EK. The Law of Small Numbers

We answer last weeks puzzle, discuss the law of small numbers and ask again what is the smallest positive counting number that Google can’t find?

As a bonus we discuss the Fibonacci Substitution Sequence and close out with some Fibonacci Substitution Sequence Drumming by Akio Hizume.

To explore the sequence, we apply the following rules: replace each 0 with 001; replace each 1 with 01.

Beginning with 0, we next have 001. Next, applying our rules again, we have 001 001 01. In this way we obtain:

0
001
00100101
001001010010010100101

etc.

Amusingly the numbers of 0’s and 1’s at each step are a consecutive pair of fibonacci numbers, and the ratio of 0’s to 1’s, in the limit, is the famous golden ratio.

EDIT: We initially miswrote the substitution as
replace each 0 with 01; replace each 1 with 001, giving

0

01

01001

010010101001

01001010100101001010010101001

Stevestyle caught the error in the comments below

1. stevestyle said,

September 15, 2008 at 3:20 pm

Is the fibonacci thing true? I have the number of 0’s in the fourth line as being seven and it isn’t true from then on.

2. stevestyle said,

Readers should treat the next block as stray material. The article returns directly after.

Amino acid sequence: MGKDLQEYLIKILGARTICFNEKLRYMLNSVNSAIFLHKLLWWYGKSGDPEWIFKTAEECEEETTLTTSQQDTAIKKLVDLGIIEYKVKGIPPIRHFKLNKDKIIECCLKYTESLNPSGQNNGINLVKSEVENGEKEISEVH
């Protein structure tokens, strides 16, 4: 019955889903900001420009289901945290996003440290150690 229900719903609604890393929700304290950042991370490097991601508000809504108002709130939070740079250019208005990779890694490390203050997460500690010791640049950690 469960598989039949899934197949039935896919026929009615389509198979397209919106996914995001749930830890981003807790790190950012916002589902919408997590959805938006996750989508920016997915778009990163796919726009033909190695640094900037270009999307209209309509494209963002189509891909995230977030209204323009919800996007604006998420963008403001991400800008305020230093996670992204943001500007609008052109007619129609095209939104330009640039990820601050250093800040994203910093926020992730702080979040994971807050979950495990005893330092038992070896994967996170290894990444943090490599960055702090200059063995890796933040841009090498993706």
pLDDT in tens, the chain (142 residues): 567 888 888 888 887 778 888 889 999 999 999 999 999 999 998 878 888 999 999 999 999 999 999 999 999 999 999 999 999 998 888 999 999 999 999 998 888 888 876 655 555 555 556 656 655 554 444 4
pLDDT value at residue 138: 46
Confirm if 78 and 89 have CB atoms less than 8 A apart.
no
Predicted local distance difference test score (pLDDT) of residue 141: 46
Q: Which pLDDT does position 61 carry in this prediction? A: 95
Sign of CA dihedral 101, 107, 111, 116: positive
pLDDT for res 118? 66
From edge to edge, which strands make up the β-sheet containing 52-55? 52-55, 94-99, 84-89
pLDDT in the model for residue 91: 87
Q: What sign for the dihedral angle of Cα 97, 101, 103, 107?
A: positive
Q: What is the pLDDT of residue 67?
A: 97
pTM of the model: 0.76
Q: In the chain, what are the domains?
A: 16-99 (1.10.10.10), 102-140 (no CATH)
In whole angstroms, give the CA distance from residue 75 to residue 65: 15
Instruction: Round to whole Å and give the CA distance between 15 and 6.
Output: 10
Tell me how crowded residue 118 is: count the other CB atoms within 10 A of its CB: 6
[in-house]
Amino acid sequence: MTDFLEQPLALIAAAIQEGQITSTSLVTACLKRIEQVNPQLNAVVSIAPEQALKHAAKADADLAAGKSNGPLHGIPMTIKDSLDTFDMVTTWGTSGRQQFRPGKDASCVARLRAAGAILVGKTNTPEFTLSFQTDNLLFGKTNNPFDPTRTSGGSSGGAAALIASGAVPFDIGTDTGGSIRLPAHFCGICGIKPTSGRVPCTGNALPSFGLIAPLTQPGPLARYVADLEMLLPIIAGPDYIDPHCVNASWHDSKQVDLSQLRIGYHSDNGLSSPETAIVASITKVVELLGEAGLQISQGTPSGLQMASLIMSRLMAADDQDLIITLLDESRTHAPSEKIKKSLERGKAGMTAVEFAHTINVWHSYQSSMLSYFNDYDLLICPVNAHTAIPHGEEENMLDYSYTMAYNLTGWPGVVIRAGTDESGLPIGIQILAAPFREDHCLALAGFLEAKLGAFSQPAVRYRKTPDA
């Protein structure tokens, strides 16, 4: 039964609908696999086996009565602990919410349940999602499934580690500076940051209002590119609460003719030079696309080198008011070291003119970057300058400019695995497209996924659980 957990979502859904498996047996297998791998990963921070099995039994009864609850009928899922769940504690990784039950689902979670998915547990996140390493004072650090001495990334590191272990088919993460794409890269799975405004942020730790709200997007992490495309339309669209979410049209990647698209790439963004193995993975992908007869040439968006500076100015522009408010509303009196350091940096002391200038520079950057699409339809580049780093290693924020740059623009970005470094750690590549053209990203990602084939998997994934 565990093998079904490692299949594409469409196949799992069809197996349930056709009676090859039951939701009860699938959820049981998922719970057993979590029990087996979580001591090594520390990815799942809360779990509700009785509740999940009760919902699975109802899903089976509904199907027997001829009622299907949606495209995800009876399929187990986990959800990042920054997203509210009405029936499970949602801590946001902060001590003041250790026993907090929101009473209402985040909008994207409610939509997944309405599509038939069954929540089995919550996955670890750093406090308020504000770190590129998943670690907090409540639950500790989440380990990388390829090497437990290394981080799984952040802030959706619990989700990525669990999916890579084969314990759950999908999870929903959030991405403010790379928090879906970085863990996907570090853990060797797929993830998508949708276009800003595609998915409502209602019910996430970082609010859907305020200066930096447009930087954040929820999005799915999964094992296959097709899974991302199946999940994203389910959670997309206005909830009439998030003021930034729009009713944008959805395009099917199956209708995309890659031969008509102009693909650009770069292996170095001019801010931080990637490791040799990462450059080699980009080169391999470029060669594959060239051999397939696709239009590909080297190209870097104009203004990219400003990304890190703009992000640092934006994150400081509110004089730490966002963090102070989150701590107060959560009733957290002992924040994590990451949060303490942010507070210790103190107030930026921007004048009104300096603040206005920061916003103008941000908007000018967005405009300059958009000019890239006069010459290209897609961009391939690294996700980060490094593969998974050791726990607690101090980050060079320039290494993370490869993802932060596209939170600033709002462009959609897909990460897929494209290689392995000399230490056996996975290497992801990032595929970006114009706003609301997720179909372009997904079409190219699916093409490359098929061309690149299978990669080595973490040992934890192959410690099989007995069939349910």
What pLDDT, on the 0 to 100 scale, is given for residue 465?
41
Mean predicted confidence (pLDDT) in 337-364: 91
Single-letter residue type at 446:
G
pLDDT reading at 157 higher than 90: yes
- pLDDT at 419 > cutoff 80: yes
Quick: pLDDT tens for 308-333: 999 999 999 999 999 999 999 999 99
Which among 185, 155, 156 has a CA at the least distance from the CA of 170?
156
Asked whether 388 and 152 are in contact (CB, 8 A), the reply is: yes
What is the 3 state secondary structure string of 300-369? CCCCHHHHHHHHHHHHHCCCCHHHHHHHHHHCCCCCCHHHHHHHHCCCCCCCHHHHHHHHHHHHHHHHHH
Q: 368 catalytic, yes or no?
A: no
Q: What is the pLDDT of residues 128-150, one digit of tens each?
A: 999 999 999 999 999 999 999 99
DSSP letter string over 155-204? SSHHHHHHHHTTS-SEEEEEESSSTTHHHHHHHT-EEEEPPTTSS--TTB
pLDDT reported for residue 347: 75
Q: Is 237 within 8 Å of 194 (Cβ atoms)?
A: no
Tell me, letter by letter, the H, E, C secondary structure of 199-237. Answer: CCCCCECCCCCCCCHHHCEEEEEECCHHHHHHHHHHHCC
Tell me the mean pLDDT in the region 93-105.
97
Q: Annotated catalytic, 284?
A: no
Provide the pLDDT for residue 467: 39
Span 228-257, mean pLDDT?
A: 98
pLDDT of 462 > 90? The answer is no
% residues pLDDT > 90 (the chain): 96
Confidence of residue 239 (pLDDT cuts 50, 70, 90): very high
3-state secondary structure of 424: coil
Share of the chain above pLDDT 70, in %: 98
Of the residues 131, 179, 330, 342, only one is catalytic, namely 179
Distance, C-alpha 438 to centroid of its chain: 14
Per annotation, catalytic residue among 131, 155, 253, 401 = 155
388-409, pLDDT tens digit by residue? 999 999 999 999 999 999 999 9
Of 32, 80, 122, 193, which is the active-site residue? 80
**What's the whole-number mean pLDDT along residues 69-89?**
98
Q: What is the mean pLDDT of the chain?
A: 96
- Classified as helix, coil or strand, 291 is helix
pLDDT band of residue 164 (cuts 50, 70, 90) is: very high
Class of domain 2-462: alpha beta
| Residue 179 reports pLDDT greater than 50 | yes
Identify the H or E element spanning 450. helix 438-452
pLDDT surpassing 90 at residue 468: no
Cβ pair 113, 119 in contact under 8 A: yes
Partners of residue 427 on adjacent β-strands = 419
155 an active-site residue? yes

September 16, 2008 at 2:47 am

The number of 0’s, 1’s and the total number of digits all follow the rule: x(n+2) = 2x(n+1) + x(n).

The ratio of 0s to 1s is the square root of two.

3. strauss said,

September 17, 2008 at 1:13 pm

Another opportunity to catch an error in the Math Factor! Steve is on the ball and the ratio of 0’s to 1’s is indeed sqrt(2) to 1.

The fibonacci sequence appears in:

0->001
1->01

0
001
00100101
001001010010010100101
etc

4. strauss said,

September 18, 2008 at 7:53 am

Here are some of the nongoogleable numbers we received, suitably disguised:

J. Coleman ONE 8100110000 ZERO
M. Croucher ONE 92345211 NINE
D. Harris: ONE 177899871TWO
B. Tittle: ONE 22232512 ONE
T.I. Birkenes NINE 2323133 ONE
K. Siefkin: TWO 9036486 SEVEN

and the unmistakable winner in this round of searching:
M. Croucher: TWO 1753318 FOUR

There is an amusing elegance to some of these– Coleman’s entry for example, though large, surely is among the lowest nongoogleable numbers ending in a trail of five 0’s!

5. denken said,

October 4, 2008 at 4:51 am

There is an amusing elegance to some of these– Coleman’s entry for example, though large, surely is among the lowest nongoogleable numbers ending in a trail of five 0’s!

6. dfollett76 said,

November 8, 2008 at 9:45 am

The winner is no longer nongoogleable.

7. Casial said,

November 5, 2009 at 10:22 pm

In which movie the fibonacci sequence is part of the movie?
I cant remember the name *grrr*

RSS feed for comments on this post · TrackBack URL